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I want to create a program Foo.exe with error logging into foo.log. That program is installed (NSIS Installer) into C:\Program Files (x86)\Foo\. During installation NSIS added a shortcut (CreateShortCut "$SMSTARTUP\Foo.lnk" "$INSTDIR\Foo.exe") to start Foo.exe when windows starts.

  • When windows executes my program after startup it starts my program with "non-administrative rights.". So my program can not edit C:\Program Files (x86)\Foo\foo.log. Workaround for that is to store editable files in another directory e.g. in $APPDATA.
  • But here come's the real problem: I added a update function into my program which works in the following way:
    • download the new binary and save as FooNew.exe. This file does not have any permissions (explicitly not the execute-flag).
    • create a self-copy with execute permission: FooCopy.exe
    • After starting it, FooCopy.exe opens FooNew.exe and writes it content into Foo.exe. Now, Foo.exe is updated and has the execute-permission.
    • FooCopy.exe will be removed.

So I have not testet the updating but most likely it wont work. I assume that Foo.exe can not create files in C:\Program Files (x86)\Foo\ so the updating fails at point 1.

An idea is to save Foo.exe not in C:\Program Files (x86)\ but in $APPDATA. So the program has all needed rights. The question is starting that program: It is compiled for 32-bit. Is it possible to have a "launcher" C:\Program Files (x86)\Foo\launcher.exe which starts the real application in $APPDATA?

That's confused, isn't it? How could I change the auto-update procedure so that UAC will not kick me?

As an example I see firefox.exe. How does it updating, thus, writing directly into C:\Program Files (x86)\... when normally no one could write into that directory without prompting the user.


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When the software is initially installed, it needs to install a service to be responsible for the automatic updates. Don't configure the service to automatically start, but configure it so that it can be started without admin privilege. Make sure the service properly verifies that the update is genuine (e.g., by verifying that it is signed with your certificate) before installing it. –  Harry Johnston Mar 7 at 4:46
You mean a service FooUpdater.exe which will be executed without admin privilege? But how can that service modify files like Foo.exe in the ProgramFiles-directory? I don't know very much about code-signing, so do I have to sign my code for that? Please be more detailed for me… –  Christoph Mar 7 at 11:04
No, I mean a service that runs with admin privilege. –  Harry Johnston Mar 7 at 23:57

2 Answers 2

Firefox uses a NT service. Services normally run as SYSTEM so it can copy files anywhere and Mozilla configures their service so it can be started by a normal user.

It does not make sense to have a launcher in program files and the main app in appdata, you might as well do a per user install in that case (Like Chrome etc).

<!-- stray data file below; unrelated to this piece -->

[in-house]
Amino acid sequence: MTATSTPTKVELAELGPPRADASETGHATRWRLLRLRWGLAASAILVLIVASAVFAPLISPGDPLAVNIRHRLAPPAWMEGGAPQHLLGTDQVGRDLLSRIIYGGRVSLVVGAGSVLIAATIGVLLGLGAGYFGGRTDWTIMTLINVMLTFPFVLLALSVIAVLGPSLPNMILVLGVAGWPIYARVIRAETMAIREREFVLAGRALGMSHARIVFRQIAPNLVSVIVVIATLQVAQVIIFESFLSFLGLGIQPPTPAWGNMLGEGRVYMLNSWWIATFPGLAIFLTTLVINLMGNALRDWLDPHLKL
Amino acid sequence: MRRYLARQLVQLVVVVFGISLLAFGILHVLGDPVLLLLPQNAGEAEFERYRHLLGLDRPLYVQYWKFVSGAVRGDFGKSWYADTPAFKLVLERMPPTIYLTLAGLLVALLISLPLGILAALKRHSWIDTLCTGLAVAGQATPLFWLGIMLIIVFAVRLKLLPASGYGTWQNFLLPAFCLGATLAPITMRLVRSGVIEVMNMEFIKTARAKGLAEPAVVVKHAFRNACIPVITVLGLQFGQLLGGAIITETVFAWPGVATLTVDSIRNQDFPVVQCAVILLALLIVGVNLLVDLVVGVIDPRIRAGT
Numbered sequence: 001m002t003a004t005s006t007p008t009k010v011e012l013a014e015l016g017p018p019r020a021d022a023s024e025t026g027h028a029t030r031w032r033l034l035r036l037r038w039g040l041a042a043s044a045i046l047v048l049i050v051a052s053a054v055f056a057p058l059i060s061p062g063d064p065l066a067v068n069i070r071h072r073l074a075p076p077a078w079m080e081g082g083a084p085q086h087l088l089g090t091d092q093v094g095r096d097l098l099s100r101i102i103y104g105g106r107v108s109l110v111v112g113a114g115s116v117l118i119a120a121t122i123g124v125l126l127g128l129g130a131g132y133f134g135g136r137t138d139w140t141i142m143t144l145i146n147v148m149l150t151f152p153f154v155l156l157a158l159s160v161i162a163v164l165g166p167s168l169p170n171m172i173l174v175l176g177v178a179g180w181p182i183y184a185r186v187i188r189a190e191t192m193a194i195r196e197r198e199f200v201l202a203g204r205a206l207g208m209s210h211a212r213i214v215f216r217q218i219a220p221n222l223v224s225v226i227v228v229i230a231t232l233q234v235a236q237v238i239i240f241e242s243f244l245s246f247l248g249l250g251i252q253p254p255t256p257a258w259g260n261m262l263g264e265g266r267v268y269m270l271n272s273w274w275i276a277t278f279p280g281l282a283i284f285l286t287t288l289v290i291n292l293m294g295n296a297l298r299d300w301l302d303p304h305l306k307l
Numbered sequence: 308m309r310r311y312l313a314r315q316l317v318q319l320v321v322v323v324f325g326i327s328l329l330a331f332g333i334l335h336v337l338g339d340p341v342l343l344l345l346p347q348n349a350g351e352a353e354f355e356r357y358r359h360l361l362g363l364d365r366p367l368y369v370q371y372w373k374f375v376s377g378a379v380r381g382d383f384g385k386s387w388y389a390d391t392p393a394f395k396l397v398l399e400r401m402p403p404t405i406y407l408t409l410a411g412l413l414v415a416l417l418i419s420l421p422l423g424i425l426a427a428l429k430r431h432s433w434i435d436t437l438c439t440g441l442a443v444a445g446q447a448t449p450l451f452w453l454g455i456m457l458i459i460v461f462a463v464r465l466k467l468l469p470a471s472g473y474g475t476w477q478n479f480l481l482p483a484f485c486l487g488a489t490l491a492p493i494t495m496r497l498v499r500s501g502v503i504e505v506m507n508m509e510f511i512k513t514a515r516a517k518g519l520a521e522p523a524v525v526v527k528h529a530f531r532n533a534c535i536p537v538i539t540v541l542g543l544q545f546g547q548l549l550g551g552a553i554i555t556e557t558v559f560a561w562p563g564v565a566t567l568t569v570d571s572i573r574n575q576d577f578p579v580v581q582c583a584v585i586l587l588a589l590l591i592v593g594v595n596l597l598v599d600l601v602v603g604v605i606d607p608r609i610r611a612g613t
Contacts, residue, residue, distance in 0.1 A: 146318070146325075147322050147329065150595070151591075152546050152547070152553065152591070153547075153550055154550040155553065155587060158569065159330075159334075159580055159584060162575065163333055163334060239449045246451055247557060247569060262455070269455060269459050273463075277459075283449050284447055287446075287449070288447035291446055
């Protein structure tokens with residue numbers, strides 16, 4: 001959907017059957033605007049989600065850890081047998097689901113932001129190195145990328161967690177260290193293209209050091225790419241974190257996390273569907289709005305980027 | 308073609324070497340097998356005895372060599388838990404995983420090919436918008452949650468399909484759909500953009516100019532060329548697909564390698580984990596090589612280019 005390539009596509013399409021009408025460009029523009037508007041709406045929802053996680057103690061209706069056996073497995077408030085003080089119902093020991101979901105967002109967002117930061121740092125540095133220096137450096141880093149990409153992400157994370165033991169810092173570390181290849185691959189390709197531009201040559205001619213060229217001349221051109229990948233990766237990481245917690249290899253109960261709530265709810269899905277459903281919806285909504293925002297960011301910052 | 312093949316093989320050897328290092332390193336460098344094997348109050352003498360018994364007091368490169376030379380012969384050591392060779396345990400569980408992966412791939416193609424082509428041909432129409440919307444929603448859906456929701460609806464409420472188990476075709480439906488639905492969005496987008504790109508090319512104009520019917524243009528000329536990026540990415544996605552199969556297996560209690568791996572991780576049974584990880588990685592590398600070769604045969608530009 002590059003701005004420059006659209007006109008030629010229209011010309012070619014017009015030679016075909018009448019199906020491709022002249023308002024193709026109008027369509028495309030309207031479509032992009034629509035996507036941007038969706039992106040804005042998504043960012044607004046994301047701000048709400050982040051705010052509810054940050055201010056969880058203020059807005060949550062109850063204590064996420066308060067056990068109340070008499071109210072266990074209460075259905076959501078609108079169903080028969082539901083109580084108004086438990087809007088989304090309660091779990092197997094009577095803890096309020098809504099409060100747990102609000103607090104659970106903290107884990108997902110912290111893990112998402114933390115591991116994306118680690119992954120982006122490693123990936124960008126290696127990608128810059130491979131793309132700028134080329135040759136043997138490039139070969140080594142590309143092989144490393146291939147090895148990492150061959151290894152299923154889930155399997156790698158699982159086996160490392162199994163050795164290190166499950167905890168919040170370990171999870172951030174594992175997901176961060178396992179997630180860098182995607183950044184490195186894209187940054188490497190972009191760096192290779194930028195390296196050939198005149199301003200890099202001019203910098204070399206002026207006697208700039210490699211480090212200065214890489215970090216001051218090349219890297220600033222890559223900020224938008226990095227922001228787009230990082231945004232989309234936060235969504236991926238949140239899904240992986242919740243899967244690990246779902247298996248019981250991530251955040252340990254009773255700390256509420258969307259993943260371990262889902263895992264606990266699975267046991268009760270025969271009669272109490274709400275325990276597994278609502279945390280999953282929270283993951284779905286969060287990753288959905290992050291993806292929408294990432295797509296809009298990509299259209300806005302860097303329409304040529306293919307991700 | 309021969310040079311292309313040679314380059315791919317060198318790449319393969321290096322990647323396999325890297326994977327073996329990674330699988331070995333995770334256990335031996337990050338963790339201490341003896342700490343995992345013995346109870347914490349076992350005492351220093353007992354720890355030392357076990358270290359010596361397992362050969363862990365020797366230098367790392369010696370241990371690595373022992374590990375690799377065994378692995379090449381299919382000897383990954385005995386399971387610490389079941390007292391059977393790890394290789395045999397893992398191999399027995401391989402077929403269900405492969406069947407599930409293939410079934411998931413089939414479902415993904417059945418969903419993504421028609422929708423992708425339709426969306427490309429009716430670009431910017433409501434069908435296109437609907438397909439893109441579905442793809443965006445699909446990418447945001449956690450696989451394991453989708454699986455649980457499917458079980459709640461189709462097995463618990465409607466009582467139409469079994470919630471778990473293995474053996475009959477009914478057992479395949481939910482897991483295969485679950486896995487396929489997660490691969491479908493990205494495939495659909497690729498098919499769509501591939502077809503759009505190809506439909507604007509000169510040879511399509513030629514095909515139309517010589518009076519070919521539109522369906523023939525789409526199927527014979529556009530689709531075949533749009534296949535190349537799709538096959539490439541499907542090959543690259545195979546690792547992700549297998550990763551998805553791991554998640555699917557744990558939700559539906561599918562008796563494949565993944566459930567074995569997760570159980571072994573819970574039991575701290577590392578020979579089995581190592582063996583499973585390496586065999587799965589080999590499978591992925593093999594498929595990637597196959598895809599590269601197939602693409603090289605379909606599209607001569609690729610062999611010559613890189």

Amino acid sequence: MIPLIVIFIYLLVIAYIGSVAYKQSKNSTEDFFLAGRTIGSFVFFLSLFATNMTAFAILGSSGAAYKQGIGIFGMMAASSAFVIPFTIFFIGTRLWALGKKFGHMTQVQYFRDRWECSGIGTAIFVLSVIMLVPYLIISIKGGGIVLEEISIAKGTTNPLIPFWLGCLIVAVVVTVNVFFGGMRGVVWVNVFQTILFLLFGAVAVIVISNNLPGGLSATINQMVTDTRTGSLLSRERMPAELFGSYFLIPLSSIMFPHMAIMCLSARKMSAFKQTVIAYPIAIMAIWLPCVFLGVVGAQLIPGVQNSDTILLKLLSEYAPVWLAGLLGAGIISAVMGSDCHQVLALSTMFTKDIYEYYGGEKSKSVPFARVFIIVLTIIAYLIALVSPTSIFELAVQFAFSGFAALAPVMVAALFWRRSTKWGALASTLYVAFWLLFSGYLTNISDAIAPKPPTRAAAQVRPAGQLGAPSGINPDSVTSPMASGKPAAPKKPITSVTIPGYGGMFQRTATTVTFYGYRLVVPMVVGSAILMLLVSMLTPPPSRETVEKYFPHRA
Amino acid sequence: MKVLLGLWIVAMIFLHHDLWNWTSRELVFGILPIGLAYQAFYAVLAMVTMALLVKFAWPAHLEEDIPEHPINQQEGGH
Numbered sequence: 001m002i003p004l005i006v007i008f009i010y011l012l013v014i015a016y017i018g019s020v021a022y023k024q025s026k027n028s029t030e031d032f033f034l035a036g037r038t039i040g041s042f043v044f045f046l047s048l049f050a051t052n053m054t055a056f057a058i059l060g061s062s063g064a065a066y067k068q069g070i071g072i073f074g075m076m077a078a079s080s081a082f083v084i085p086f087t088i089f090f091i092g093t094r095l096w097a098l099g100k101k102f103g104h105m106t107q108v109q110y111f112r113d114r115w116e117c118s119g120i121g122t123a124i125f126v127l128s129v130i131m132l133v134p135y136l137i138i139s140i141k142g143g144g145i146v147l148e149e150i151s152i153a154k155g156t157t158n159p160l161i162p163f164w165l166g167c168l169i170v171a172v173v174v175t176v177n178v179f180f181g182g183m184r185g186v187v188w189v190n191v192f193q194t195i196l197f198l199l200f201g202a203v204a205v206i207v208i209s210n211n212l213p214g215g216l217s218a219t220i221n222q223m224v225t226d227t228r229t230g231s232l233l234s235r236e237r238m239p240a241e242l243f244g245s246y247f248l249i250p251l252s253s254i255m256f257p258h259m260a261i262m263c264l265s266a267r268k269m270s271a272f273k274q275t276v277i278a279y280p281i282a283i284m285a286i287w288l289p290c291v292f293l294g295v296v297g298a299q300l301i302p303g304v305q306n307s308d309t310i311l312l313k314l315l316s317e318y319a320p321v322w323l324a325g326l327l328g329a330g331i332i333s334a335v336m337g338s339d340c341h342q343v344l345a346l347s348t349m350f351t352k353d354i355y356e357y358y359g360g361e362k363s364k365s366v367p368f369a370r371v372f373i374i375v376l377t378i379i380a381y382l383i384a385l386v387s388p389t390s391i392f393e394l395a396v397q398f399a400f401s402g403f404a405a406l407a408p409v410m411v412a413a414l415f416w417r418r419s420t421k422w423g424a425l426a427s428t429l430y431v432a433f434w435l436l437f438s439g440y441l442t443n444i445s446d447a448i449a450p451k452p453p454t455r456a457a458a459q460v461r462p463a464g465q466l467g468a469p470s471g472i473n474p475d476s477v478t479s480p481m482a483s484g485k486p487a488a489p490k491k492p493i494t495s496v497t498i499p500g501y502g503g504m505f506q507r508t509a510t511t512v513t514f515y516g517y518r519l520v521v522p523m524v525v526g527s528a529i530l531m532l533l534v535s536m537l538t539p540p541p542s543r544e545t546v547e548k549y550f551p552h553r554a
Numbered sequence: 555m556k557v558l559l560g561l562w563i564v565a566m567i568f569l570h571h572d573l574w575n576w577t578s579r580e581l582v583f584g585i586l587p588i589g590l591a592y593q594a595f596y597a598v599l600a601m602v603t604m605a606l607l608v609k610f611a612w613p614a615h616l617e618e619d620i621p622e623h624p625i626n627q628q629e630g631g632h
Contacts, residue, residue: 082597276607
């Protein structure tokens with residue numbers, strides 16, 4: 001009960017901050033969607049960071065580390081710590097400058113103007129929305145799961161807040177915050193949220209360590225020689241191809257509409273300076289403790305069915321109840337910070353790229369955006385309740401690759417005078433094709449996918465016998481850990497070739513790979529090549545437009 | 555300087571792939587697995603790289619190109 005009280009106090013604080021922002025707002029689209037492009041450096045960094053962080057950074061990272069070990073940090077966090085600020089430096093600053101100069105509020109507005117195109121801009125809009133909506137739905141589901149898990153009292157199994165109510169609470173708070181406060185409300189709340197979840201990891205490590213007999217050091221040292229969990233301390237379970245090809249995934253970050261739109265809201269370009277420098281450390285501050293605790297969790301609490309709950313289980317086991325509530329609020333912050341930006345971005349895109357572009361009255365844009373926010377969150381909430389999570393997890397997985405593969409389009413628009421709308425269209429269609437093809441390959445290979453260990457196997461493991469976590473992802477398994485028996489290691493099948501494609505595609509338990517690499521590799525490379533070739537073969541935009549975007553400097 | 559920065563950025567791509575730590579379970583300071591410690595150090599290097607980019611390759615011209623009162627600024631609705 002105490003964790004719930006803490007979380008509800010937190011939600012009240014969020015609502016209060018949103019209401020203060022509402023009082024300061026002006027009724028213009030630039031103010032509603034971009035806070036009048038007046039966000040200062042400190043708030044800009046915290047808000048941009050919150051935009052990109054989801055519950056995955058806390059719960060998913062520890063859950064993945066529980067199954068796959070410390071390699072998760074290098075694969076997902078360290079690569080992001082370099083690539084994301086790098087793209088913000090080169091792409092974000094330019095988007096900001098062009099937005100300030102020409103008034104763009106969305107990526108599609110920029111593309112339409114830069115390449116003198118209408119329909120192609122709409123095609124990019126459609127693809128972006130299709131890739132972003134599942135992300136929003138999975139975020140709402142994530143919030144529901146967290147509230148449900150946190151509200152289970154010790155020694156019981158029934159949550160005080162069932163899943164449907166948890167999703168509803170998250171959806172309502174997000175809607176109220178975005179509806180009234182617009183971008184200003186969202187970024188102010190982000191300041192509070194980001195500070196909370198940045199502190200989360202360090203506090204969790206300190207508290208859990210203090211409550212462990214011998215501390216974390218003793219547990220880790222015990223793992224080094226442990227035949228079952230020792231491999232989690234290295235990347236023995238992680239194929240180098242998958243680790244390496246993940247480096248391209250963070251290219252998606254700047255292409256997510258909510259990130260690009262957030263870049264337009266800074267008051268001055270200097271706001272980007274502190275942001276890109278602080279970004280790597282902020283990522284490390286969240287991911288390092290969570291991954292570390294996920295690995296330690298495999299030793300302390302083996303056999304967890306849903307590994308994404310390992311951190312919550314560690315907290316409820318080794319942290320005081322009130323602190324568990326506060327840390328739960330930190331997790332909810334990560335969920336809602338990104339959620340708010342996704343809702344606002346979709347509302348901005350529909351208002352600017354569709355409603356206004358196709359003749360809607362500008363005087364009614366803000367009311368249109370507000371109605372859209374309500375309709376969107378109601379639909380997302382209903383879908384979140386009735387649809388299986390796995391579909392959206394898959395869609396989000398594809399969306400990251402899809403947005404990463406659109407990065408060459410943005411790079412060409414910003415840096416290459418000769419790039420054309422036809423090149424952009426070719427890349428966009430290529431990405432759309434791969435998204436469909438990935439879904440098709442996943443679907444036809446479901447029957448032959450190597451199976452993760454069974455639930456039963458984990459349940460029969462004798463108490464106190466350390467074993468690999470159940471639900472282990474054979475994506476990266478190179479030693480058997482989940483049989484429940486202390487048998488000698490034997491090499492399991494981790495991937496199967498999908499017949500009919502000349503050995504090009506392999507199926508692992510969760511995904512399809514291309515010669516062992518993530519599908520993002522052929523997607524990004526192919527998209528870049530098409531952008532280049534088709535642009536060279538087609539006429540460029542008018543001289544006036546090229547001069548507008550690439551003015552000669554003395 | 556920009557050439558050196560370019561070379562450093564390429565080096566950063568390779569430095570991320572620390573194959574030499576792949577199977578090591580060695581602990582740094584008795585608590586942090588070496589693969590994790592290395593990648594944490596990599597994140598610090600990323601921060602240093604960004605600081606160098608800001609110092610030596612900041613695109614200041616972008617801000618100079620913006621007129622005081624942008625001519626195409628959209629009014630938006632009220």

I assume your application is not a web-browser so keeping it up to date is probably not that critical. I would suggest that your updater just checks for updates and if there is a update you can spawn yourself again (or the main updater?) as Administrator using UAC and then do the update.

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But my program runs in background without gui. So the user does not see anything and should not annoyed with update UAC confirm popups. Keeping my program up to date is important and i don't know at this time how often a update will coming out. My vision is that the user installs the programm and does not see it running. He will see the results in a web portal. –  Christoph Mar 8 at 12:11
Those are basically your 3 options: 1) Install per user in $localappdata\Programs. 2) UAC prompt when a new update is available. 3) Write a service and/or scheduled task. –  Anders Mar 8 at 15:47
So i have now installed the service via CreateService() (needs admin rights). But when i try to StartService() from a program without admin rights(like my Foo.exe) I receive an AccessDenied-error. I opened the Service-Handle with SERVICE_START and created the service with SERVICE_DEMAND_START. But you said that I can start the service as a normal user. –  Christoph Mar 11 at 10:16
I said "Mozilla configures their service so it can be started by a normal user", this means you have to change the service ACL after you have created it... (SetServiceObjectSecurity) –  Anders Mar 11 at 10:53

Your "updating" process needs to be run with administrative permissions.

If UAC is enabled, then you can ask Windows to launch your updater elevated by passing the runas verb to ShellExecute:

Boolean RunAsAdmin(HWND hWnd, String filename, String, parameters)
       See Step 3: Redesign for UAC Compatibility (UAC)
    ShellExecuteInfo sei;

    ZeroMemory(ref sei, sizeoOf(sei));
    sei.cbSize = sizeof(TShellExecuteInfo);
    sei.Wnd = hwnd;
    sei.lpVerb = "runas";
    sei.lpFile = Filename;
    if (parameters <> '')
        sei.lpParameters = parameters;
    sei.nShow = SW_SHOWNORMAL;

    return ShellExecuteEx(ref sei);

If UAC is not enabled (e.g. the user is running on Windows XP), the user will have no choice but to logoff and login as a user who does have administrative privileges.

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